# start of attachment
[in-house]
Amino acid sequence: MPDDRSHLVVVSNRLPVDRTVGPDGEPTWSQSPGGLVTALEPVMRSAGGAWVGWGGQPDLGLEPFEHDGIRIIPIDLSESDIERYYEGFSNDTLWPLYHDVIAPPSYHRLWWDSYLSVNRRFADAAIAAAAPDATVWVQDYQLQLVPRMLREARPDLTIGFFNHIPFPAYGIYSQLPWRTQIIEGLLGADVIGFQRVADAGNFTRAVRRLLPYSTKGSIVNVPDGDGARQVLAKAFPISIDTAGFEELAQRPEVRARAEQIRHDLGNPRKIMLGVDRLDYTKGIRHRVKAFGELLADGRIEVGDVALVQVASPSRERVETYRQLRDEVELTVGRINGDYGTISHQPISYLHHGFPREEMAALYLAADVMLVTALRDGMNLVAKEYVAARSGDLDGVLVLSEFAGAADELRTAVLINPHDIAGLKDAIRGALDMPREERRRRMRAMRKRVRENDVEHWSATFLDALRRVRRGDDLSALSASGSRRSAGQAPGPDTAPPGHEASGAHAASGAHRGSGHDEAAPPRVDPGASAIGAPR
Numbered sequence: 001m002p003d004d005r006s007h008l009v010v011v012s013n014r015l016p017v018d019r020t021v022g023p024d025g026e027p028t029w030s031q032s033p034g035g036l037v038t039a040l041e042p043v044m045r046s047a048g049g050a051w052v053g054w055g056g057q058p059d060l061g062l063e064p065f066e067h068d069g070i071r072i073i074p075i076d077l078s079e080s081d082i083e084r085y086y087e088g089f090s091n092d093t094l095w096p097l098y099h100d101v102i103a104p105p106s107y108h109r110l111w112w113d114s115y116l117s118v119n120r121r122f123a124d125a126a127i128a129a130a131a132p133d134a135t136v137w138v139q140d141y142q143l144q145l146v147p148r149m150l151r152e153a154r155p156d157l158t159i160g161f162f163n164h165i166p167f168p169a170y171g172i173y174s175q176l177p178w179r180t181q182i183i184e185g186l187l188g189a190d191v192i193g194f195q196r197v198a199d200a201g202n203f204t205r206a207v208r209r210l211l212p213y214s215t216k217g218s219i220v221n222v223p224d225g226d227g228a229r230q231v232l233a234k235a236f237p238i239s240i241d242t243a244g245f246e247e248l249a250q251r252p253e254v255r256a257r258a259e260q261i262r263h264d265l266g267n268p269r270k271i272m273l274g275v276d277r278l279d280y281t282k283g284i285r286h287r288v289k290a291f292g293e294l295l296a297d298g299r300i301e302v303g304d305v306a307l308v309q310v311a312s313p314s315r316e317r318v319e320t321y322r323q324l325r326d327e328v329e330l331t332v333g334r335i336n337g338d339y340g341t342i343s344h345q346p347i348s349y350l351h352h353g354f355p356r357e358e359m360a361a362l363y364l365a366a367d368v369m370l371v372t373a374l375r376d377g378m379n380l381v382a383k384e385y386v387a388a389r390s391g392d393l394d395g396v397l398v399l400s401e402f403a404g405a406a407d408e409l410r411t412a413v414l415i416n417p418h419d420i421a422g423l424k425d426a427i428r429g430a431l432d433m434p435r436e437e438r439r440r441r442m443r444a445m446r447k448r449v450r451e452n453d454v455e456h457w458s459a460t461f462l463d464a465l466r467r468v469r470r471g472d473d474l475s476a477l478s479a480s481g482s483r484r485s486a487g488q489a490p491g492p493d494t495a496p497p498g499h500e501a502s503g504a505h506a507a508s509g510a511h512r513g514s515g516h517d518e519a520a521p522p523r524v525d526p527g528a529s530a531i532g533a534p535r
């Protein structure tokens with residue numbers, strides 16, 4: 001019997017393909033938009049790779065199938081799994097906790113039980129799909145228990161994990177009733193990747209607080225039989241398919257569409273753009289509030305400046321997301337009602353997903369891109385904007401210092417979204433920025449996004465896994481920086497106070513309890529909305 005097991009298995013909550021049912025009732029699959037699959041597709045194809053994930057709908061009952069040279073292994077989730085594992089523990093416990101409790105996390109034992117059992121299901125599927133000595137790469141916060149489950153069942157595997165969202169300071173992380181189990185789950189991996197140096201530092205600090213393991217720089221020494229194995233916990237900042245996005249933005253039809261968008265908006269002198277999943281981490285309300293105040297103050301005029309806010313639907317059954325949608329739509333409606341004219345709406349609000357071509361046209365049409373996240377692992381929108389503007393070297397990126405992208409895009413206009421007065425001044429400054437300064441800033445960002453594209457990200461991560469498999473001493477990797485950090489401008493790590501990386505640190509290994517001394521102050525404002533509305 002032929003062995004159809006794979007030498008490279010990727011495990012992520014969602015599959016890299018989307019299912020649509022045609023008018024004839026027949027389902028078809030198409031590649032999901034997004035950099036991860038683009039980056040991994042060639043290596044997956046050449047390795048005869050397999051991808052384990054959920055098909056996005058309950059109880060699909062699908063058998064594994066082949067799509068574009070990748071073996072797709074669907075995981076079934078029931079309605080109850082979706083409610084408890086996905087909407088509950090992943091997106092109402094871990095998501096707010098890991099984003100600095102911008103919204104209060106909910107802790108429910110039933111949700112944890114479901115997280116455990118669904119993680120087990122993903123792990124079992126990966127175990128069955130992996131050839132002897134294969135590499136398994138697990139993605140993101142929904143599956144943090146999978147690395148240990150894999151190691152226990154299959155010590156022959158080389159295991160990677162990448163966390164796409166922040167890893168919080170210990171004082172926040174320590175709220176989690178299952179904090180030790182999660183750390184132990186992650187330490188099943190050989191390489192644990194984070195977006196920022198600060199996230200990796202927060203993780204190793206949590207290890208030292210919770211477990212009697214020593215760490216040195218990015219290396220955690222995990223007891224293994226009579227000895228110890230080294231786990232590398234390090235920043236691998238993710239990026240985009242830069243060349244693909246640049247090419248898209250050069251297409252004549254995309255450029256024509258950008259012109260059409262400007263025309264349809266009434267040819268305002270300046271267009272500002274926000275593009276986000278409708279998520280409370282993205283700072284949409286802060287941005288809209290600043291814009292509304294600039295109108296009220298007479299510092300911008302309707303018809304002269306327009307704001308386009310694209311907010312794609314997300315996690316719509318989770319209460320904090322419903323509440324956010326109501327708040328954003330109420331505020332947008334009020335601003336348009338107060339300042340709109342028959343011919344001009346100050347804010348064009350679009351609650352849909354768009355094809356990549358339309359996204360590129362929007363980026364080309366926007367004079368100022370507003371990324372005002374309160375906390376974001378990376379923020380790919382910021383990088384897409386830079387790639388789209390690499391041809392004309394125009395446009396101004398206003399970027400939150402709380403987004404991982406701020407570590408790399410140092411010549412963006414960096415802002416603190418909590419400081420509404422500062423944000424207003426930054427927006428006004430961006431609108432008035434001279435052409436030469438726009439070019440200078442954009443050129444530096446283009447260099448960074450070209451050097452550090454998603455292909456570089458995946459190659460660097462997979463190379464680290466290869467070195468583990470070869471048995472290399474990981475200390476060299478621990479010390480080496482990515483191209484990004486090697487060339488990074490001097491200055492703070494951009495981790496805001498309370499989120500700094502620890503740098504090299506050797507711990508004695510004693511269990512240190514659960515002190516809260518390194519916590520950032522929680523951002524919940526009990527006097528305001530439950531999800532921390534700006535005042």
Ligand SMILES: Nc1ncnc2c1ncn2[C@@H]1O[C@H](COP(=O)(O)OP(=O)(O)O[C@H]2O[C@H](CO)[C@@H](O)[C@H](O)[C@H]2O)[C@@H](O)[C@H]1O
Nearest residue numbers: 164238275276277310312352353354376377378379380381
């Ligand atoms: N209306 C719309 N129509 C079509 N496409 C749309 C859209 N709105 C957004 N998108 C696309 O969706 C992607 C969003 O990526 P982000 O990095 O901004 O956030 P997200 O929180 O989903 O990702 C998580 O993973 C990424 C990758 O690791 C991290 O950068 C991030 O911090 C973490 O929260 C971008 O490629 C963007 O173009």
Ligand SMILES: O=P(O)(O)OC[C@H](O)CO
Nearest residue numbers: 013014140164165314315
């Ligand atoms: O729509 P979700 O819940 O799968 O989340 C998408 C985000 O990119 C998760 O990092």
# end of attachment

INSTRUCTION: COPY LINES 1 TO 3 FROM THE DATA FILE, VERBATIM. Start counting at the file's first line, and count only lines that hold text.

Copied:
[in-house]
Amino acid sequence: MPDDRSHLVVVSNRLPVDRTVGPDGEPTWSQSPGGLVTALEPVMRSAGGAWVGWGGQPDLGLEPFEHDGIRIIPIDLSESDIERYYEGFSNDTLWPLYHDVIAPPSYHRLWWDSYLSVNRRFADAAIAAAAPDATVWVQDYQLQLVPRMLREARPDLTIGFFNHIPFPAYGIYSQLPWRTQIIEGLLGADVIGFQRVADAGNFTRAVRRLLPYSTKGSIVNVPDGDGARQVLAKAFPISIDTAGFEELAQRPEVRARAEQIRHDLGNPRKIMLGVDRLDYTKGIRHRVKAFGELLADGRIEVGDVALVQVASPSRERVETYRQLRDEVELTVGRINGDYGTISHQPISYLHHGFPREEMAALYLAADVMLVTALRDGMNLVAKEYVAARSGDLDGVLVLSEFAGAADELRTAVLINPHDIAGLKDAIRGALDMPREERRRRMRAMRKRVRENDVEHWSATFLDALRRVRRGDDLSALSASGSRRSAGQAPGPDTAPPGHEASGAHAASGAHRGSGHDEAAPPRVDPGASAIGAPR
Numbered sequence: 001m002p003d004d005r006s007h008l009v010v011v012s013n014r015l016p017v018d019r020t021v022g023p024d025g026e027p028t029w030s031q032s033p034g035g036l037v038t039a040l041e042p043v044m045r046s047a048g049g050a051w052v053g054w055g056g057q058p059d060l061g062l063e064p065f066e067h068d069g070i071r072i073i074p075i076d077l078s079e080s081d082i083e084r085y086y087e088g089f090s091n092d093t094l095w096p097l098y099h100d101v102i103a104p105p106s107y108h109r110l111w112w113d114s115y116l117s118v119n120r121r122f123a124d125a126a127i128a129a130a131a132p133d134a135t136v137w138v139q140d141y142q143l144q145l146v147p148r149m150l151r152e153a154r155p156d157l158t159i160g161f162f163n164h165i166p167f168p169a170y171g172i173y174s175q176l177p178w179r180t181q182i183i184e185g186l187l188g189a190d191v192i193g194f195q196r197v198a199d200a201g202n203f204t205r206a207v208r209r210l211l212p213y214s215t216k217g218s219i220v221n222v223p224d225g226d227g228a229r230q231v232l233a234k235a236f237p238i239s240i241d242t243a244g245f246e247e248l249a250q251r252p253e254v255r256a257r258a259e260q261i262r263h264d265l266g267n268p269r270k271i272m273l274g275v276d277r278l279d280y281t282k283g284i285r286h287r288v289k290a291f292g293e294l295l296a297d298g299r300i301e302v303g304d305v306a307l308v309q310v311a312s313p314s315r316e317r318v319e320t321y322r323q324l325r326d327e328v329e330l331t332v333g334r335i336n337g338d339y340g341t342i343s344h345q346p347i348s349y350l351h352h353g354f355p356r357e358e359m360a361a362l363y364l365a366a367d368v369m370l371v372t373a374l375r376d377g378m379n380l381v382a383k384e385y386v387a388a389r390s391g392d393l394d395g396v397l398v399l400s401e402f403a404g405a406a407d408e409l410r411t412a413v414l415i416n417p418h419d420i421a422g423l424k425d426a427i428r429g430a431l432d433m434p435r436e437e438r439r440r441r442m443r444a445m446r447k448r449v450r451e452n453d454v455e456h457w458s459a460t461f462l463d464a465l466r467r468v469r470r471g472d473d474l475s476a477l478s479a480s481g482s483r484r485s486a487g488q489a490p491g492p493d494t495a496p497p498g499h500e501a502s503g504a505h506a507a508s509g510a511h512r513g514s515g516h517d518e519a520a521p522p523r524v525d526p527g528a529s530a531i532g533a534p535r